With all the talk of how Malzahn's offense is geared towards extending the game and increasing the number of snaps for his team, I thought I'd go back and look at how that's played out against conference opponents (and did Alabama as well for comparison's sake). First, though, let's look at Auburn's offensive snaps:
First thing to notice is, during the three game skid against Arkansas, UK, and LSU, only once did they generate more offensive snaps than their opponent (against UK, by only three). Meanwhile, in every other game save Ole Miss, they were at least +10 in number of offensive plays ran. And looking closer at the Ole Miss anomaly, the decisive third quarter in which Auburn outscored Ole Miss 23-13 (neither team would score in the 4th), you can see that Auburn doubled Ole Miss in number of plays 24-12 and that one of Ole Miss's scores came on a one play, 79 yard TD drive. So yeah, extending the game and keeping the offense on the field is a pretty clear priority for the Tigers tomorrow. But is it one for Alabama?
During the Radio Hour I said that it would be nice if we could flip the script on them and keep their offense off the field while our offense ground their depleted defense into a fine powder with a steady dose of power running and long, physical drives, increasing our number of snaps while limiting theirs. But looking at the way we've performed so far, I don't know that that's even necessary:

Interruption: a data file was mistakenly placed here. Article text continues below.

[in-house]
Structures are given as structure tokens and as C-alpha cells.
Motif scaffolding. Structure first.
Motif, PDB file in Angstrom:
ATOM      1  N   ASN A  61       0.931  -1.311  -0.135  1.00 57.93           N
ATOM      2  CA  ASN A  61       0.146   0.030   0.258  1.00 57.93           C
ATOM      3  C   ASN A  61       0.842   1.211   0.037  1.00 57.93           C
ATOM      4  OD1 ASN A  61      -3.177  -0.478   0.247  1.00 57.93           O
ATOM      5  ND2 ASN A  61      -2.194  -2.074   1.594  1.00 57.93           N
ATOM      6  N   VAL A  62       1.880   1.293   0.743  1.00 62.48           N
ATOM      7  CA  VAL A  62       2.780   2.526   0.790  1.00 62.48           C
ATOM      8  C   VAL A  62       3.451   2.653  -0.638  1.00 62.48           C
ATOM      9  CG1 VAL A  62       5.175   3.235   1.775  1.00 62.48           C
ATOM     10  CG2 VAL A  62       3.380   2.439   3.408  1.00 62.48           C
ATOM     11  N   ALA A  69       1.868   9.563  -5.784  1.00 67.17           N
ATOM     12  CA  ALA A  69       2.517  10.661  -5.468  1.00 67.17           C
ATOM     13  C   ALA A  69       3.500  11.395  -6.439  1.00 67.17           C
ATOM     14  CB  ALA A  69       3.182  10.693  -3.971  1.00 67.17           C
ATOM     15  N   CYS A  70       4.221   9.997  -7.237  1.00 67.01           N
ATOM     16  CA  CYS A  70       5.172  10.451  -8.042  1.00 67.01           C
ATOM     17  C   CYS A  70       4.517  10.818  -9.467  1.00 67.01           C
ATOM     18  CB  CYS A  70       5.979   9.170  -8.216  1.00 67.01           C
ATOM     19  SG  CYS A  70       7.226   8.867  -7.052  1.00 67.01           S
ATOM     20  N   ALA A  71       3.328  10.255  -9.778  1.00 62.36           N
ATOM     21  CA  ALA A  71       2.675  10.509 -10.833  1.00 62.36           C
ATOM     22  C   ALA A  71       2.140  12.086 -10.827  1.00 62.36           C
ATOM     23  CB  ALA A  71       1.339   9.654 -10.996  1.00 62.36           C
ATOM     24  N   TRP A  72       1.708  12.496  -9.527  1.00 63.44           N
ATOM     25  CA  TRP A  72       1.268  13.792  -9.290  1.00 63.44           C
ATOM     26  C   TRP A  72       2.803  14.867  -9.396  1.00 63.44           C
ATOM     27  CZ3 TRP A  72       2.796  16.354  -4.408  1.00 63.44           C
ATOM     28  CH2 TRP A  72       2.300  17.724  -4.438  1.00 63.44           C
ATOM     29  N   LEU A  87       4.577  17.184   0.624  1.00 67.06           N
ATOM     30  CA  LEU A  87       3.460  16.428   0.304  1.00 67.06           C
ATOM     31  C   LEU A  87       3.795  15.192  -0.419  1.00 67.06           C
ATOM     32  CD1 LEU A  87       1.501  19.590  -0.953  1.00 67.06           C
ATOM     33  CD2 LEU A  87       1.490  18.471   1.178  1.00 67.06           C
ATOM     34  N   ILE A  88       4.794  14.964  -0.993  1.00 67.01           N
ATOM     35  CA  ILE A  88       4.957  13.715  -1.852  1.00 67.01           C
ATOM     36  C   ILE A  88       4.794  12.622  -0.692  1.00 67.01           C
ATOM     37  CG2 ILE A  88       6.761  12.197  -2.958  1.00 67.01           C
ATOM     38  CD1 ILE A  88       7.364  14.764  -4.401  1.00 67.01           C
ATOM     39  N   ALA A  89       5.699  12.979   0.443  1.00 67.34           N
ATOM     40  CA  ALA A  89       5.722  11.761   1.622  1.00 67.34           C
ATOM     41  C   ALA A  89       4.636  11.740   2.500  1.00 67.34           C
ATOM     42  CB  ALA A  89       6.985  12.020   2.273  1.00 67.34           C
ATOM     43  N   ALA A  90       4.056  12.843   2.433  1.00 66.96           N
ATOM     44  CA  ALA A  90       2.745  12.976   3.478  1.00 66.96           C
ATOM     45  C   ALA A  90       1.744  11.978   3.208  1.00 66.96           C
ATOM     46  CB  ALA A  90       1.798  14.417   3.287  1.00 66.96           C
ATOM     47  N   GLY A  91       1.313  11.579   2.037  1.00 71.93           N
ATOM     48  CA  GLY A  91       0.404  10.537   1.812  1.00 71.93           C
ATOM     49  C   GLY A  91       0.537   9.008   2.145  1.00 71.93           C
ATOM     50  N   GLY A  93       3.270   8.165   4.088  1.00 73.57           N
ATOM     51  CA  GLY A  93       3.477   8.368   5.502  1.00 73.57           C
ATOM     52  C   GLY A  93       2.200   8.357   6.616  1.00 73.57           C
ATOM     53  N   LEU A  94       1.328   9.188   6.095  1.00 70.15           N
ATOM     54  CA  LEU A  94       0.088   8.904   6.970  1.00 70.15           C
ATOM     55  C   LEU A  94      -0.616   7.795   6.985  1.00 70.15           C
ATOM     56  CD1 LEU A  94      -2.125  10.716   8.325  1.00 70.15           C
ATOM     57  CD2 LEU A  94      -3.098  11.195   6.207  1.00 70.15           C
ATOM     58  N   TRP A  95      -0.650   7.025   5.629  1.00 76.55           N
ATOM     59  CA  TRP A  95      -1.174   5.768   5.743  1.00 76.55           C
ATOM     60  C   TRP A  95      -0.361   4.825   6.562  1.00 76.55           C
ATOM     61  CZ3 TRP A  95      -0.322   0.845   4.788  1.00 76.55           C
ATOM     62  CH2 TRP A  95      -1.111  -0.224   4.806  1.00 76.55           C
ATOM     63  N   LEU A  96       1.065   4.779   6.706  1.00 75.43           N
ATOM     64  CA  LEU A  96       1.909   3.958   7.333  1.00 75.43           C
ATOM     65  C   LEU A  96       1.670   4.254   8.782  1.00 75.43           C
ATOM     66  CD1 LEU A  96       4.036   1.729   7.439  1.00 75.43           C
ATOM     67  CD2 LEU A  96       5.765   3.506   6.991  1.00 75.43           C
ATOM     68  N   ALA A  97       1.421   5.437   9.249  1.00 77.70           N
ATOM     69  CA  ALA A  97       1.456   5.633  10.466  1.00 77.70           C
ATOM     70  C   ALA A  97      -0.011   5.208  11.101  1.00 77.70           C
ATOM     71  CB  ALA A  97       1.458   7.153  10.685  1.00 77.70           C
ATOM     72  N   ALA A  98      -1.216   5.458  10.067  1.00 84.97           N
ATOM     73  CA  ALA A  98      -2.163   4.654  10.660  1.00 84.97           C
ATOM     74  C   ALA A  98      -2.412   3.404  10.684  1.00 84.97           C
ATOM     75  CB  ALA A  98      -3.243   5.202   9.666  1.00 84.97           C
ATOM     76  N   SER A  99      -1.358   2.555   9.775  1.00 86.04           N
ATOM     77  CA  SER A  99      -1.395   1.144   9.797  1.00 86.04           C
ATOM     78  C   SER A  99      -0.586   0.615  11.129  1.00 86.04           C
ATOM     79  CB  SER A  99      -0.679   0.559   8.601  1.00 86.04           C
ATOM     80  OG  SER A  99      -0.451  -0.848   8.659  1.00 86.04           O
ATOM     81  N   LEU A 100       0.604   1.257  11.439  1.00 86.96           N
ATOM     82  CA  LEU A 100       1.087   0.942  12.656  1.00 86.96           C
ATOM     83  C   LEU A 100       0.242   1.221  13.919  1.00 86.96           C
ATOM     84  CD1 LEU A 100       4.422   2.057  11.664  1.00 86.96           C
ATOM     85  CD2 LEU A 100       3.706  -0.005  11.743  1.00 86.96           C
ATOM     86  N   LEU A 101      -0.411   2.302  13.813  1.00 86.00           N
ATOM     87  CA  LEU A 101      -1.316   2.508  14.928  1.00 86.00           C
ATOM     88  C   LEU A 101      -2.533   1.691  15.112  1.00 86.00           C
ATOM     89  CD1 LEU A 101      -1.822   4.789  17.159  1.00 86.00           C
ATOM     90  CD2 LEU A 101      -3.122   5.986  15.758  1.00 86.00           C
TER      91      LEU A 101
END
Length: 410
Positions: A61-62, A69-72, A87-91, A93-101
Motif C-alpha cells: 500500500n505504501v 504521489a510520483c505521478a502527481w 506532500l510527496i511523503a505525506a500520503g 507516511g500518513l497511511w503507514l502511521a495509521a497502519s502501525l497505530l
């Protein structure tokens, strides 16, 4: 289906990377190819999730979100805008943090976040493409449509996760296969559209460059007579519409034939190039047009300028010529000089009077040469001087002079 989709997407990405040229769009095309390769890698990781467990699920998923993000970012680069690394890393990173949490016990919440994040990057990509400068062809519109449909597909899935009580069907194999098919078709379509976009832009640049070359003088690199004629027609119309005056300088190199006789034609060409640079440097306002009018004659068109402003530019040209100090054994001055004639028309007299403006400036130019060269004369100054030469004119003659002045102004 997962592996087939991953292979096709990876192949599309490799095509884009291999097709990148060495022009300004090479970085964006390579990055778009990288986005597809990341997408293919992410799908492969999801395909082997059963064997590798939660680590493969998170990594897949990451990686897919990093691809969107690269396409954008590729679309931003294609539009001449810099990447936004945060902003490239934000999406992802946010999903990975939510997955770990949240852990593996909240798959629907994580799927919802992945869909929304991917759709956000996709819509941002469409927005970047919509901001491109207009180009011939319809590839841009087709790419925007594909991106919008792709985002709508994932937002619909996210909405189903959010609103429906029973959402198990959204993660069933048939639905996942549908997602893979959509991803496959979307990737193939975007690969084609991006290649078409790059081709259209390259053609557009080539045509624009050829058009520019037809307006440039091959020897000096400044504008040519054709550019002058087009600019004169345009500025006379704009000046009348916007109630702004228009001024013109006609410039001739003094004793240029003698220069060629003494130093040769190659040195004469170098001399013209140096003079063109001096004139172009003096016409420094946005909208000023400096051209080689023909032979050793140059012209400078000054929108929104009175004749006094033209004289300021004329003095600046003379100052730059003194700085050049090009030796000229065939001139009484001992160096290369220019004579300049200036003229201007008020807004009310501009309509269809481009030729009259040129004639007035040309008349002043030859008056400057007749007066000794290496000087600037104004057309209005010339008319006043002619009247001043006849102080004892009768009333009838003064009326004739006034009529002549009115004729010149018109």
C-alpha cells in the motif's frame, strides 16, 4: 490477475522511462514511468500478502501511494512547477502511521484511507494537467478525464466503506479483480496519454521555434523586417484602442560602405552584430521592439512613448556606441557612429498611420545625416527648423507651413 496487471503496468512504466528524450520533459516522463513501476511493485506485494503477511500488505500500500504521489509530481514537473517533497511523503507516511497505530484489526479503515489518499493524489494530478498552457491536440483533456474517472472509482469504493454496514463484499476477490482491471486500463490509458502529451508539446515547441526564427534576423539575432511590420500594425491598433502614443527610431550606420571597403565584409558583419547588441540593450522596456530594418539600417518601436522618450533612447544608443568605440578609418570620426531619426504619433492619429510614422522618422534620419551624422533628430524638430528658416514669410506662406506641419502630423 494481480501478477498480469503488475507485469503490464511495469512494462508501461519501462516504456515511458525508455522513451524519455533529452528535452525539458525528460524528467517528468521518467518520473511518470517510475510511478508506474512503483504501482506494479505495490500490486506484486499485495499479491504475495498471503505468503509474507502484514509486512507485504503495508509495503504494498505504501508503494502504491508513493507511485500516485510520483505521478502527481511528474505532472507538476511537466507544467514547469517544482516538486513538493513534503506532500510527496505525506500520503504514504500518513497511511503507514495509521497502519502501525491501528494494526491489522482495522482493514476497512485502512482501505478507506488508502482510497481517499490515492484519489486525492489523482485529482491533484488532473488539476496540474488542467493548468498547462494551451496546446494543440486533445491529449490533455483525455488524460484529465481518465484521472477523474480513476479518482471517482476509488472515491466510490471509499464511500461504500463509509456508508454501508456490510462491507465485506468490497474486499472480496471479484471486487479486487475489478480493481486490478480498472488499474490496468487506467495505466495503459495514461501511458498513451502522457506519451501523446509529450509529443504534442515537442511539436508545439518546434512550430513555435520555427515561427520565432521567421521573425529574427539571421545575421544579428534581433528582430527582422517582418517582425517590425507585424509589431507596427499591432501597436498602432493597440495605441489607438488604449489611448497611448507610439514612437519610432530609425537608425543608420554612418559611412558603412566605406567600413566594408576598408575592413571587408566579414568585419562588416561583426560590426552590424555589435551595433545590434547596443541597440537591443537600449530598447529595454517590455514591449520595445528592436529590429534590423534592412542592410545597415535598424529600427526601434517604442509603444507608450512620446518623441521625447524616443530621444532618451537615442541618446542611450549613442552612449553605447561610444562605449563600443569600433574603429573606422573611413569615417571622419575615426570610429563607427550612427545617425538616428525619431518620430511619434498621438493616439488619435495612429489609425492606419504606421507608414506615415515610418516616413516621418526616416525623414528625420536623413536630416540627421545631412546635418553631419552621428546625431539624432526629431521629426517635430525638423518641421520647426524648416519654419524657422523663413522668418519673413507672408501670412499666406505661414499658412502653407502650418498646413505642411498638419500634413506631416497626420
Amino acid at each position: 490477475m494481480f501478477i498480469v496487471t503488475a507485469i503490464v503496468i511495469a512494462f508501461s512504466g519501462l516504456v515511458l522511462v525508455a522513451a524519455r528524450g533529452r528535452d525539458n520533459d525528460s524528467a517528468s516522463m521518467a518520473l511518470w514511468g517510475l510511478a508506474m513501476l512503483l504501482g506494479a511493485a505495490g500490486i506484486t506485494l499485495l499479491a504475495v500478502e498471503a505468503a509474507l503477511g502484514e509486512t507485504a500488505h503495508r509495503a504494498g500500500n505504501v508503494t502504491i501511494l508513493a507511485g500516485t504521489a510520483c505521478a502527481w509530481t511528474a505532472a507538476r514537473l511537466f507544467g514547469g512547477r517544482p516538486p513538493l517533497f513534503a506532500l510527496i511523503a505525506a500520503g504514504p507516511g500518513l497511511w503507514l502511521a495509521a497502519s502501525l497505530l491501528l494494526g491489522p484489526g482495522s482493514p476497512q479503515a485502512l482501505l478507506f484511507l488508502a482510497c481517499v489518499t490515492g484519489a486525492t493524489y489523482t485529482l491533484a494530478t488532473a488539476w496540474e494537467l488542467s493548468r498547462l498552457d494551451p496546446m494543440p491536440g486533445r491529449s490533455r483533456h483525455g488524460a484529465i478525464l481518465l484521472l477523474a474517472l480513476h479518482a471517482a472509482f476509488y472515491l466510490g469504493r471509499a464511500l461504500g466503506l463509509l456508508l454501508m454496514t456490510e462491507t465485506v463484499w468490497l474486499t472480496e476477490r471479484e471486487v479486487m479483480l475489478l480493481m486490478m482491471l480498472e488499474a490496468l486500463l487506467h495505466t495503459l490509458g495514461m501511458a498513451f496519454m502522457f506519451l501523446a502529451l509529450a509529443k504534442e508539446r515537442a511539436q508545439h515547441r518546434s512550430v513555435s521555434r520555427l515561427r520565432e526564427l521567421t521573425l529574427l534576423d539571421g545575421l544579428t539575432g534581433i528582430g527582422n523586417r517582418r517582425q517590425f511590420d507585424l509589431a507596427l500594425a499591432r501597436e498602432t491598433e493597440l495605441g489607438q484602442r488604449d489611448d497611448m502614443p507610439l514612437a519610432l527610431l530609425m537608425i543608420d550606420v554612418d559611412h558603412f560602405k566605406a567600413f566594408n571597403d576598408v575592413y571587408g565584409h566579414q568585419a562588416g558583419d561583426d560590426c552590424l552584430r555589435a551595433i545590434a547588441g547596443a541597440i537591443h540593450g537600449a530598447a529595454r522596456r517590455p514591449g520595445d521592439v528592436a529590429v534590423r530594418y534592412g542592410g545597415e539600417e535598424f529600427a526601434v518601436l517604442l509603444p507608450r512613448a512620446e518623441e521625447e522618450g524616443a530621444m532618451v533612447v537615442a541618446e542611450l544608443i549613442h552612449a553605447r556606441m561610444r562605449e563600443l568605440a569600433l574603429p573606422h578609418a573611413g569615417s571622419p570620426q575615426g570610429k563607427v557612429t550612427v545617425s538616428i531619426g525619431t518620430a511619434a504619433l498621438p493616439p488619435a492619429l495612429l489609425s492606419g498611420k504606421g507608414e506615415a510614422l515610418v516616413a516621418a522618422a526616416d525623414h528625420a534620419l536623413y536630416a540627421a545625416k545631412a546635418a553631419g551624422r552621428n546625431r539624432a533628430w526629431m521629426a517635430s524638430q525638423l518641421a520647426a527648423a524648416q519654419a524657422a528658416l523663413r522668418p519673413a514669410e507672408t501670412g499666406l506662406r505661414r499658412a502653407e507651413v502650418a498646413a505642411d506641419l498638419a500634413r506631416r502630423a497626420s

In the seven conference games that we've played, only twice have we significantly out gained an opponent in number of offensive snaps. The rest of the time we're allowing more snaps by the opponent but still keeping it pretty even or, in the case of one of the worst performances by an Alabama QB since Stallings and the closest game of the season, getting significantly out gained ourselves. So what should we make of all this?
First, should Auburn succeed in staying on the field and getting more offensive snaps than we do it's not the end of the world. Our defense has been very good at keeping teams from scoring even when they do have some success at moving the ball (allowing 9.9 ppg, second only to Florida's 9.8, and first in the SEC in Red Zone defense) so, given the fact that you know Malzahn's offense is going to move the ball, getting three and outs would be nice but keeping them from scoring opportunities is much more important.
Second, we don't necessarily have to go toe to toe with them relative to offensive fireworks. We've talked about Auburn's lack of depth on the defense plenty this week, and so long as we can extend drives and for the most part play our brand of physical football early and often, we can take our time, eat up the clock, and essentially suffocate them.